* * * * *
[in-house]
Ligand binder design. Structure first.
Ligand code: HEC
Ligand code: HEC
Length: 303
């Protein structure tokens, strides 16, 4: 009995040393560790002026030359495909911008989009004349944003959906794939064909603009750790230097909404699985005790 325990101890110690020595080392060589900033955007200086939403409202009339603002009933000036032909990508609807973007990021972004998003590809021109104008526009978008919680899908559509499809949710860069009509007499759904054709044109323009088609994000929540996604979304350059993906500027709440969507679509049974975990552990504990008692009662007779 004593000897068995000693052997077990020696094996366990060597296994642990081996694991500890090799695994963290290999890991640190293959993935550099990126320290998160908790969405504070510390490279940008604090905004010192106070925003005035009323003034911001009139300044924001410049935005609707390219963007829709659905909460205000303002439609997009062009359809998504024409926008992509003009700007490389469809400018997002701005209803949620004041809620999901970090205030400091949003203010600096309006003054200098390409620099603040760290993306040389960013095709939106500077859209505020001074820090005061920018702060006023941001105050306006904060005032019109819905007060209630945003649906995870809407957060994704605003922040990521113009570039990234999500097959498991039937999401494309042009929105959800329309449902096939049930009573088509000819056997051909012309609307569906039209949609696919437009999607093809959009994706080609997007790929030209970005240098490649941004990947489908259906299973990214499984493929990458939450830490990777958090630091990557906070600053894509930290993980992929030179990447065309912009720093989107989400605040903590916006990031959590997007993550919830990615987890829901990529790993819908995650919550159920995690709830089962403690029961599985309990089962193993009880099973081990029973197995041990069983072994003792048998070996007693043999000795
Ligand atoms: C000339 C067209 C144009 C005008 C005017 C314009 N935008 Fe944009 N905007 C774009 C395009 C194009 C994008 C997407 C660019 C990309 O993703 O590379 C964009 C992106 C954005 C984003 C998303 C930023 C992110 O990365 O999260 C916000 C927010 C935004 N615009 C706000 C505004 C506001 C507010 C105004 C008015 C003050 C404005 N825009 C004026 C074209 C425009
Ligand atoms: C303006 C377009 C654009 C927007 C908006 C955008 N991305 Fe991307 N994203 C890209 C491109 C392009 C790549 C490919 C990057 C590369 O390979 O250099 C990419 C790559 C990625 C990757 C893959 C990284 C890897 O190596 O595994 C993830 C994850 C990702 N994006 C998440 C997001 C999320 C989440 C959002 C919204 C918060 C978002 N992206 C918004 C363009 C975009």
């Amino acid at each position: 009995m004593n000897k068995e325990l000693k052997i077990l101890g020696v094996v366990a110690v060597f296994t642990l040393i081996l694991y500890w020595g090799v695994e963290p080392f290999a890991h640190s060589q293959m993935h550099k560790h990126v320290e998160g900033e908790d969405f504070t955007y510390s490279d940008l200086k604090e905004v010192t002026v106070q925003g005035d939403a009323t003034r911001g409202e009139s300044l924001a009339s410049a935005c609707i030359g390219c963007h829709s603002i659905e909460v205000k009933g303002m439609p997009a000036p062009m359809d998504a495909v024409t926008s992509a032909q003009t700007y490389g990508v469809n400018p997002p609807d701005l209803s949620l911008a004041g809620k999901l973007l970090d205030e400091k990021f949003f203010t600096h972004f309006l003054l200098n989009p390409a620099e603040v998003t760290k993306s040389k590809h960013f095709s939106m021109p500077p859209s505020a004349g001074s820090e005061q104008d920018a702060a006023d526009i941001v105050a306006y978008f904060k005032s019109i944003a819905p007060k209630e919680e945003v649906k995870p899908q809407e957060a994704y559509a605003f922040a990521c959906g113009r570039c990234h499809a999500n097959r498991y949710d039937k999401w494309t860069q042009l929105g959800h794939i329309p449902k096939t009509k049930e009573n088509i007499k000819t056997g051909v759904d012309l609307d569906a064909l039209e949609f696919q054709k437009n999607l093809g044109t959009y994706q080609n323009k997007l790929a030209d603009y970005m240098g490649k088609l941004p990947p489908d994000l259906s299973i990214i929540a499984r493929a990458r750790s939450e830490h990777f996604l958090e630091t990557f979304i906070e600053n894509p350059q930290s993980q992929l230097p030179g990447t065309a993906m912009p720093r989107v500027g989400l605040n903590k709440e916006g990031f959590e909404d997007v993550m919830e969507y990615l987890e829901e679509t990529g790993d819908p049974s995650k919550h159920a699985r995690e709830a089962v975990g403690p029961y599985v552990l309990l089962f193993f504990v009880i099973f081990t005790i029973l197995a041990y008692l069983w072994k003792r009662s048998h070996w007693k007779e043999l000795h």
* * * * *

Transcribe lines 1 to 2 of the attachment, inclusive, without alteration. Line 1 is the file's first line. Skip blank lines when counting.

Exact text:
[in-house]
Ligand binder design. Structure first.